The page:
--Triple workday for women.
--Specialization of the care that the woman gives herself, rather than just self-care, means that the woman herself is involved in the recognition and indentification of women's role in the healthcare scenario.
--Differentiation between care for women (a demographic variable) and attention with a perspective of women's rights (a category of analysis).
--Sexual and reproductive healthcare services.
--Voluntary interruption of pregnancy.
--Pregnancy in adolescent girls and young women vs. human development.
--Women's individual decision about fertility regulation and the method of contraceptive best for her.
--of people with disabilities;
--of others in the family; and
--as the broad majority of healthcare personnel.
--Cervical cancer and breast cancer.
--Violence against women and the enforcement of Ley 1257 of 2008.
--Implementation of programs for women in situations of displacement under Auto 092.
--Inclusive Language and Acuerdo 361 of 2009.
Naturalization of Gender Patterns
--Male superiority in keeping with the sociological category of male domination (cf. Pierre Bourdieu) gives rise to the social constructions of femininity, which are perpetuated through a series of oppositions (strong--weak, brave fearful; oppressor--oppressed).
Women's Historical Tension with the Family
--Historically, women's subordination to the domestic sphere has been a mechanism to weaken them as rights bearers; it makes it easier to belittle their status as rights bearers; and it makes the exercise of their rights and public policies to close these gaps less important.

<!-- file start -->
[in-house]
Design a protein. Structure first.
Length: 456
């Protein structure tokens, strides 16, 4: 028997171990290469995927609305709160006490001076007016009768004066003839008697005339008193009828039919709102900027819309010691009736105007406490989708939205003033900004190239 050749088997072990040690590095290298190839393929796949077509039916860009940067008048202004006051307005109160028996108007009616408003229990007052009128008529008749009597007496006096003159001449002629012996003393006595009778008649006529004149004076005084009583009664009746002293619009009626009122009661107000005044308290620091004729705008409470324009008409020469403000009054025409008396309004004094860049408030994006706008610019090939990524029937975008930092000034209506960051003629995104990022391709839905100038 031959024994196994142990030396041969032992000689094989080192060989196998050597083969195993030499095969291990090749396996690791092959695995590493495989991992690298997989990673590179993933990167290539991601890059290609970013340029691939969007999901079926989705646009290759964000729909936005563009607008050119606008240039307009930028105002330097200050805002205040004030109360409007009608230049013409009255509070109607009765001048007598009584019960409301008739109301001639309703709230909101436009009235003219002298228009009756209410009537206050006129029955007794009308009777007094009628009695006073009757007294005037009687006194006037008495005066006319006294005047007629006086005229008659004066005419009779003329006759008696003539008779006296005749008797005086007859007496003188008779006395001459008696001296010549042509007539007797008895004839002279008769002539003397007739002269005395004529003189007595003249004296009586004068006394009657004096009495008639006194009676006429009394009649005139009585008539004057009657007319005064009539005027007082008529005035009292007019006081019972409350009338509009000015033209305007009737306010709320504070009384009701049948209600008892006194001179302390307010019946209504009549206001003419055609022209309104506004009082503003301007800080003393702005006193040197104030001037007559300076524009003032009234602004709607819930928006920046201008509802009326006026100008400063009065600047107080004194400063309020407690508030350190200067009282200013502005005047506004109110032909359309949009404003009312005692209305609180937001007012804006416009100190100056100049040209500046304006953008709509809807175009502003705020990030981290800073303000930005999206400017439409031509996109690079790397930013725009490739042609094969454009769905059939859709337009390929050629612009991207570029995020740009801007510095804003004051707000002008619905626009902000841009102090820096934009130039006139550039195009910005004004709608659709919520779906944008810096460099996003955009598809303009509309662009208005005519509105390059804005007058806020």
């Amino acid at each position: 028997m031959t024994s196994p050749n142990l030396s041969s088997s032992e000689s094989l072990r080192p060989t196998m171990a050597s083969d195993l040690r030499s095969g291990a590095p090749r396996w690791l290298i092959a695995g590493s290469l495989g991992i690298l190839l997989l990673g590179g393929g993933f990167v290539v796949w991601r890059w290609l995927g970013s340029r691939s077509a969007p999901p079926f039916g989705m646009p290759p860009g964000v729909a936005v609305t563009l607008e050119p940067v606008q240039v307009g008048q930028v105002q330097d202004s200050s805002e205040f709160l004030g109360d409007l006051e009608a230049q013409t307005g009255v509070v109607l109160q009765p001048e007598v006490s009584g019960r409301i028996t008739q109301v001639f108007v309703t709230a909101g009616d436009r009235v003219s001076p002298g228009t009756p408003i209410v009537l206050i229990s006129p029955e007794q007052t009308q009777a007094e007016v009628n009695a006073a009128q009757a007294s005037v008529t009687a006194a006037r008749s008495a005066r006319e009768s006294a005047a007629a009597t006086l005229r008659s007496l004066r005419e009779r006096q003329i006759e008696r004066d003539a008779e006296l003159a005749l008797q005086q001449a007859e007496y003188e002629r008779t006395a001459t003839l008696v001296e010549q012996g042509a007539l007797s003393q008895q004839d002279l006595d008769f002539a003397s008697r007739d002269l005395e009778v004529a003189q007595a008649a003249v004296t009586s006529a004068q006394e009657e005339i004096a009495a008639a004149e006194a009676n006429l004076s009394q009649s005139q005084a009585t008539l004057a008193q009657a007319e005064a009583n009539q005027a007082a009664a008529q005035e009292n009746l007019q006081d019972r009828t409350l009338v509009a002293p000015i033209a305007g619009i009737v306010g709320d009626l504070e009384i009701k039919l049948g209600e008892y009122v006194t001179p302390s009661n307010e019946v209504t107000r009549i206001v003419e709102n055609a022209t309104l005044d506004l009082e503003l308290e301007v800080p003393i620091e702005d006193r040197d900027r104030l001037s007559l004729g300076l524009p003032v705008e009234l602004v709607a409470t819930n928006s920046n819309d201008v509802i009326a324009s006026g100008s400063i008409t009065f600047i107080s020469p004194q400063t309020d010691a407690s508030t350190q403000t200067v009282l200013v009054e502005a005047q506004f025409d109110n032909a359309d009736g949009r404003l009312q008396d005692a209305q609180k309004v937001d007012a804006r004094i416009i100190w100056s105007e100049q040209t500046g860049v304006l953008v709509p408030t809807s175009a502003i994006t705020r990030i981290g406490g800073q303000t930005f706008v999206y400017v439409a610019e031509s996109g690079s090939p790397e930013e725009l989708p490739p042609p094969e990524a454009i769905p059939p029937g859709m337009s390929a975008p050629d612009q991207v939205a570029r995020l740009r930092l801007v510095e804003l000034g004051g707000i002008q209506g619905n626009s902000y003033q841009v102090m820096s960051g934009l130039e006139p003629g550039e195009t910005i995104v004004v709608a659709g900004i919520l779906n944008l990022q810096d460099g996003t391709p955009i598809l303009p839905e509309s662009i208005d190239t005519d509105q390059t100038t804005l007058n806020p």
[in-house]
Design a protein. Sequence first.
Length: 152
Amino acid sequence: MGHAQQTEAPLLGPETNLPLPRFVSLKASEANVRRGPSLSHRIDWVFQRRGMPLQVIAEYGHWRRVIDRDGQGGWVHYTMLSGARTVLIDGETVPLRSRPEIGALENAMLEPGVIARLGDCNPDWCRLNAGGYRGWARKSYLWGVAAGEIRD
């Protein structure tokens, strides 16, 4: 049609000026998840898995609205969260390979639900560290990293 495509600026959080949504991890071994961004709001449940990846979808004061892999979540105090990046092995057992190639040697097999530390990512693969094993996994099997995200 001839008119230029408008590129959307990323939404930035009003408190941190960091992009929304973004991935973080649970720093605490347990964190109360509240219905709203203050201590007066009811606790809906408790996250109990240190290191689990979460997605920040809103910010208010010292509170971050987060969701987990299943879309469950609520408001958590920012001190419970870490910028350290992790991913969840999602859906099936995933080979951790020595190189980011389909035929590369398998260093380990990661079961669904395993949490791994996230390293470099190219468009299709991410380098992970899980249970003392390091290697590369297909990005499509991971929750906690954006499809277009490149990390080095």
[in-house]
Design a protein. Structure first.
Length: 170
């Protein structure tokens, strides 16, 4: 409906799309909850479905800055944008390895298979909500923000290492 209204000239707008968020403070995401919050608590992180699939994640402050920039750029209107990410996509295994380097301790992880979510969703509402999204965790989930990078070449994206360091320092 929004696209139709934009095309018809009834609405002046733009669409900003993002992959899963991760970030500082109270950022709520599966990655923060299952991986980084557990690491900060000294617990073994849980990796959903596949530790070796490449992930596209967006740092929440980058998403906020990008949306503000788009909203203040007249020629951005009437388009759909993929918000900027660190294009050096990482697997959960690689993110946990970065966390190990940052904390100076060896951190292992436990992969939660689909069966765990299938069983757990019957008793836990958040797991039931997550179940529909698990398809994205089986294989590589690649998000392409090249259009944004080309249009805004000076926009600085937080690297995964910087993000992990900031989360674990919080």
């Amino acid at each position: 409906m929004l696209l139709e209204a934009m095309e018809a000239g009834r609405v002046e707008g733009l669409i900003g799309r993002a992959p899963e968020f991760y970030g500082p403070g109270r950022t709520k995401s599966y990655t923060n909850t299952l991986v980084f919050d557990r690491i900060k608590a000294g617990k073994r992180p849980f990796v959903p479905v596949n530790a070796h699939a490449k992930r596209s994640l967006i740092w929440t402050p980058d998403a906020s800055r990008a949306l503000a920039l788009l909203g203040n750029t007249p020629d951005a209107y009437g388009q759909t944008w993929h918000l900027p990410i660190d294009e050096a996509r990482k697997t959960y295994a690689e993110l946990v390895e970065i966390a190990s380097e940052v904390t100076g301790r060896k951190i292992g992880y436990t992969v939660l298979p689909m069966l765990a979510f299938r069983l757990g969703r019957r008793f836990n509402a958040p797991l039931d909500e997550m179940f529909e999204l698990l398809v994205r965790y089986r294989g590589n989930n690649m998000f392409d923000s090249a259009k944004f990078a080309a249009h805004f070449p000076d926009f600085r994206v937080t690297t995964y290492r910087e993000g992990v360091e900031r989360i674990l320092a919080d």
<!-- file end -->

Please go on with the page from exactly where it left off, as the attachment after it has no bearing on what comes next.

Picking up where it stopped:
--Identifying women's health care with family health care alone is a sociological and anthropological shortcoming and reveals a gender bias in the understanding of social realities. Individual treatment cannot be lumped in with care for a group; neither the analysis of health nor quality of life will be similar, when one is speaking of individuals or of the social institution of the family.
Women and Reproduction
--An in-depth look at motherhood allows us to see a number of variables in women's historical relegation to reproductive functions, the restriction of their bodies in this merely biological capacity, and thus, the overriding of their citizenship in view of being mothers, caregivers and those responsible for domestic work.
Equal Opportunity--Affirmative Action